School of Peace and Conflict Studies new director looks to uphold school’s reputation

Lauren Sasala

Kent State has appointed a director for its newly established School of Peace and Conflict Studies: Neil Cooper. 

Kent State established the Center for Applied Conflict Management in order to have a “living memorial” after four students were killed during the May 4th protest in 1970. In August 2017, the Center for Applied Conflict Management officially evolved into the School of Peace and Conflict Studies.

Cooper previously served as the head of Peace Studies and International Development at the University of Bradford in the U.K.

The strong reputation for research in peace and conflict, the dedication of the faculty and the strong curriculum are what interested Cooper in Kent State, he said.

“There’s a really strong emphasis in delivering applied skill and thinking through how to deal with these topics around peace, non-violence, conflict resolution and mediation in ways that are actually relevant for students who want to go out into the world and use those skills to get jobs,” Cooper said.

With the 50th anniversary of May 4 in 2020, Cooper said it will be an honor and a privilege to lead the school through the commemoration.

“I am acutely aware of the significance and importance of the school,” Cooper said. “I don’t think it is quite like taking over a kind of normal department at Kent State University. There’s a different salience and significance that the school has in the university and in the community.”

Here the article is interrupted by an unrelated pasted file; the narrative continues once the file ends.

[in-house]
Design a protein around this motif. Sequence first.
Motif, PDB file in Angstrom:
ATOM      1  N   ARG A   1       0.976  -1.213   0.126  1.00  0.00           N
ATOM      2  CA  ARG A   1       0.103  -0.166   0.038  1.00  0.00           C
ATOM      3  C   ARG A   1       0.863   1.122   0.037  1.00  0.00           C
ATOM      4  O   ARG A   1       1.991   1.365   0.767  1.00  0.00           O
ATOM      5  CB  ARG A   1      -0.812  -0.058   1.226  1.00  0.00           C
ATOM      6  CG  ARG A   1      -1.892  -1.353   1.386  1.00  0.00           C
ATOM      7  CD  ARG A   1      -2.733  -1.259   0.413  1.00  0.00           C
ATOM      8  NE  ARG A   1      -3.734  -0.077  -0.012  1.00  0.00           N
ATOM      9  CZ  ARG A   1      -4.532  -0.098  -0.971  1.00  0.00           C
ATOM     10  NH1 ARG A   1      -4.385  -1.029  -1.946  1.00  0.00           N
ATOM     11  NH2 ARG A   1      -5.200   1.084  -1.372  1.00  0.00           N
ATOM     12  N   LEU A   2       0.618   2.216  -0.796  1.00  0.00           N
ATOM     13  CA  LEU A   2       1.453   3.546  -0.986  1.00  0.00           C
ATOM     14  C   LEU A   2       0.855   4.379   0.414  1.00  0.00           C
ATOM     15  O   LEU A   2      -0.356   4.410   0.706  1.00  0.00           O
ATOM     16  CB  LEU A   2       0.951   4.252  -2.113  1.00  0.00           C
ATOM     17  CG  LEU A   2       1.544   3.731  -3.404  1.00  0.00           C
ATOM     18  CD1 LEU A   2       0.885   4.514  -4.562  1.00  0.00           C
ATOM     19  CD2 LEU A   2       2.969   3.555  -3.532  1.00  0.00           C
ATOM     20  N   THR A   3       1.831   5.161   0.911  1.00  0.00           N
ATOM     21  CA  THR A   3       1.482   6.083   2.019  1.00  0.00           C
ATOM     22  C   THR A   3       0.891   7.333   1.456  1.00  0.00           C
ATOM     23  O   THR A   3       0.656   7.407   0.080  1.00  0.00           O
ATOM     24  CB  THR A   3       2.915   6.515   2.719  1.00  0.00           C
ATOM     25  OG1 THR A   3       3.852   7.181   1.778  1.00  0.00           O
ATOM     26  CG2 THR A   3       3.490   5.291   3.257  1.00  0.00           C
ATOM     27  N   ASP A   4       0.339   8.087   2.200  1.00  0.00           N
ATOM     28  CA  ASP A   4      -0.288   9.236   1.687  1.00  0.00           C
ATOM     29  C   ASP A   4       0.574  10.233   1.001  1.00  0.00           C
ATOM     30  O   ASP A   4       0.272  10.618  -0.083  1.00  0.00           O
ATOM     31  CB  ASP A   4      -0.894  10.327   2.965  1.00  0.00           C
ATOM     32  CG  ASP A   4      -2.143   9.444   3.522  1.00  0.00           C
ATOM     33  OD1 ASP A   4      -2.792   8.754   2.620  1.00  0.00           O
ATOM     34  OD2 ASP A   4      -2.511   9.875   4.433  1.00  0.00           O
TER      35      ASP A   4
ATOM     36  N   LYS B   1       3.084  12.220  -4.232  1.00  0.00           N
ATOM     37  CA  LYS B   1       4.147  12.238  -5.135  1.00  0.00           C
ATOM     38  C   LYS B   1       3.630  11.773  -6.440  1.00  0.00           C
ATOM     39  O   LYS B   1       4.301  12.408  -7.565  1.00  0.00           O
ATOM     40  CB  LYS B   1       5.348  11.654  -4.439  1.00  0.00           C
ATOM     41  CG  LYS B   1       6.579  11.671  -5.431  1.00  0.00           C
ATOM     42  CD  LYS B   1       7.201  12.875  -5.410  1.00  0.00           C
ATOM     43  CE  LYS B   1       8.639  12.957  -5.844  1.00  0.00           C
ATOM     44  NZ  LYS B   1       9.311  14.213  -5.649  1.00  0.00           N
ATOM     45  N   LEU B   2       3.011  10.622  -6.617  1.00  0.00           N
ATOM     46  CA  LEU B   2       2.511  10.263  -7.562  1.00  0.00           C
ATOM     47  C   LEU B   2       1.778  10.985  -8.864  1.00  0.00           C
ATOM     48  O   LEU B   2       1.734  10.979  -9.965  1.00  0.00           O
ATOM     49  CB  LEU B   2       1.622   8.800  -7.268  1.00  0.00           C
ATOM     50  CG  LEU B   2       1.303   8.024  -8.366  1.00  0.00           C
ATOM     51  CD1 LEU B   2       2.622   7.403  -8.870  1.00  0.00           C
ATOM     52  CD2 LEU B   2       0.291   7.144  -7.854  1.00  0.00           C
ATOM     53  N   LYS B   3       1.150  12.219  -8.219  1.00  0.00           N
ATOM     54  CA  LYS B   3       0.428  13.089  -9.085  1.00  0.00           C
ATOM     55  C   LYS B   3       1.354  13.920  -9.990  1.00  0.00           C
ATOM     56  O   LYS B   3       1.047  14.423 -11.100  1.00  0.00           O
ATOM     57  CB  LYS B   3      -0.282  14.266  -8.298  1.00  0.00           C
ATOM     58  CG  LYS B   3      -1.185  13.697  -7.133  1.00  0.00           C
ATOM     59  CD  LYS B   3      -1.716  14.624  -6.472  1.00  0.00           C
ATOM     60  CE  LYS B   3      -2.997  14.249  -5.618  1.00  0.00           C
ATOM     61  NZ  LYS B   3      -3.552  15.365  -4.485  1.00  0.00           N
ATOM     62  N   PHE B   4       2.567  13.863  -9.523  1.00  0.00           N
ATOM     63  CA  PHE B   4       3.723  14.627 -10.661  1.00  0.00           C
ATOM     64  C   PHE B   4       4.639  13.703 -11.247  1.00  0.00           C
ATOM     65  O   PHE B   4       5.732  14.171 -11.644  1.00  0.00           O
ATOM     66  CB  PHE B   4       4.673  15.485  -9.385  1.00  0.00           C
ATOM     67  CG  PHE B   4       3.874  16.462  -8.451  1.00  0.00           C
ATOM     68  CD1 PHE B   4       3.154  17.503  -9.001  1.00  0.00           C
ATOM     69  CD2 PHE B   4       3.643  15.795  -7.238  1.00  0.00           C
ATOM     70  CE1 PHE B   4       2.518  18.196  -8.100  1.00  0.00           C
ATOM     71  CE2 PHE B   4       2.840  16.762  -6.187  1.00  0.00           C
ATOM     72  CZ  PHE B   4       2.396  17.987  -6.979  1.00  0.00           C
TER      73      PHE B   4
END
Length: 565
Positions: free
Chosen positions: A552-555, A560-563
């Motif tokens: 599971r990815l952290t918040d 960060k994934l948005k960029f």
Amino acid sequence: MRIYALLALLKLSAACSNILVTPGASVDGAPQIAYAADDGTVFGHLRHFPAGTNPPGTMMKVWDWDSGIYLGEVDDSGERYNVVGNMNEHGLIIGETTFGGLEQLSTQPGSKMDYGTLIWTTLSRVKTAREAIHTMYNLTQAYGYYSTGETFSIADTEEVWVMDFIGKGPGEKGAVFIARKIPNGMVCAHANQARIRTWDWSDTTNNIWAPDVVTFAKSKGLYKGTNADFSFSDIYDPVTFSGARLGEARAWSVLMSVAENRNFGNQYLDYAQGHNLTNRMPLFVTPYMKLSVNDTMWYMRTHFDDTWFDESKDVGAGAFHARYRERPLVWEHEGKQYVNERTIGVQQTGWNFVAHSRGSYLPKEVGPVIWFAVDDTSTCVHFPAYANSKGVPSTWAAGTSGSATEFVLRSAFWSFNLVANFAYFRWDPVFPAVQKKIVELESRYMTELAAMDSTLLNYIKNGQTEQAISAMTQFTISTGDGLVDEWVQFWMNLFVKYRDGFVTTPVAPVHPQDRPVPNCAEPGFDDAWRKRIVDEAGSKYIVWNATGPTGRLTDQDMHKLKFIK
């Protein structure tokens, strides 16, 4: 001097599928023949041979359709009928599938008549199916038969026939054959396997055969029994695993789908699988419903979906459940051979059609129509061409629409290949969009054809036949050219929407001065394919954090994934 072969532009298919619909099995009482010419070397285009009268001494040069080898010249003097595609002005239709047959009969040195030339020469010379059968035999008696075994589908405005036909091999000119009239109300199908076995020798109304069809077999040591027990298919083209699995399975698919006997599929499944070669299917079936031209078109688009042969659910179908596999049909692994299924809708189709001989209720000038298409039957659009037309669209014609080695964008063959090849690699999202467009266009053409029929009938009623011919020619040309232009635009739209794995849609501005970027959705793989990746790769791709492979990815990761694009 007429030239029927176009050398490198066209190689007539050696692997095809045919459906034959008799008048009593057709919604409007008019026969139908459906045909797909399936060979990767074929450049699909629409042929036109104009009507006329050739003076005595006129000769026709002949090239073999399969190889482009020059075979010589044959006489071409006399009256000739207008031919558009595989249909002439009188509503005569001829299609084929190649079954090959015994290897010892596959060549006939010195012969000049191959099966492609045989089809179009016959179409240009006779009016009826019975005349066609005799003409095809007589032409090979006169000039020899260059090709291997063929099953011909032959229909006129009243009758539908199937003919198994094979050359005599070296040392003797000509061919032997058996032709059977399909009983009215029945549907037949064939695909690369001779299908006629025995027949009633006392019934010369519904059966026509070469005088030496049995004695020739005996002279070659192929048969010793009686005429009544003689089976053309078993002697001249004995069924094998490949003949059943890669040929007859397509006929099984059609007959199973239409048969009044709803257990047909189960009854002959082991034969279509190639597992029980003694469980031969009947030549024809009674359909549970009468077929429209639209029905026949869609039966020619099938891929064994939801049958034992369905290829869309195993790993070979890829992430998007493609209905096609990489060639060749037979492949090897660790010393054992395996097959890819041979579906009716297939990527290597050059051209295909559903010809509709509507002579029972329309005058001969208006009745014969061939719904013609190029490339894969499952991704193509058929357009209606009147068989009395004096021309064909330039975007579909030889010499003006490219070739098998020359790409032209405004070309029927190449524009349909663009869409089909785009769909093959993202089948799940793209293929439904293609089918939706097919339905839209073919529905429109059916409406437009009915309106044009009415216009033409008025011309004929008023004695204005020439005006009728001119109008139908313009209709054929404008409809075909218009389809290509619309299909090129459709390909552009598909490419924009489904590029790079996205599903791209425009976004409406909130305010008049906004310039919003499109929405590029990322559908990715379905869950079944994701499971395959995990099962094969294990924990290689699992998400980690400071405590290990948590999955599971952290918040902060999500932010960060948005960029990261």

As the school develops its studies and research, Cooper said May 4 offers a sense of duty and obligation to be respectful of the legacy the tragedy has had at Kent State.

For the future of the school, Cooper said having a knowledge of past progress in peace and security is important to recognize in order to continue progress.

“Every generation faces challenges around peace and conflict and I think the role of academics working the field of peace and conflict studies is to offer expert advice … and to embed the skills of critical thinking amongst our student population,” Cooper said.

Over 1,000 students are currently enrolled in the School of Peace and Conflict Studies. Courses are available for undergraduate and graduate students.

Cooper said he was impressed with the rigorous academic training used by the faculty.

“What’s reflected in the curriculum in the school is the fact that those skills of mediation, conflict resolution and negotiation are skills that everybody needs,” Cooper said.

He said he is looking forward to working with students and faculty to continue to develop the school.

“I am interested in having a process of consultation and developing a co-produced mission for the school that involves all of the community,” Cooper said.

He will start his position this spring.

“I’m really excited to begin this process of discussions with everybody about how we figure out what the next phase of the school is so we can build on incredible successes we have already,” Cooper said.

Lauren Sasala is the administration reporter. Contact her at [email protected]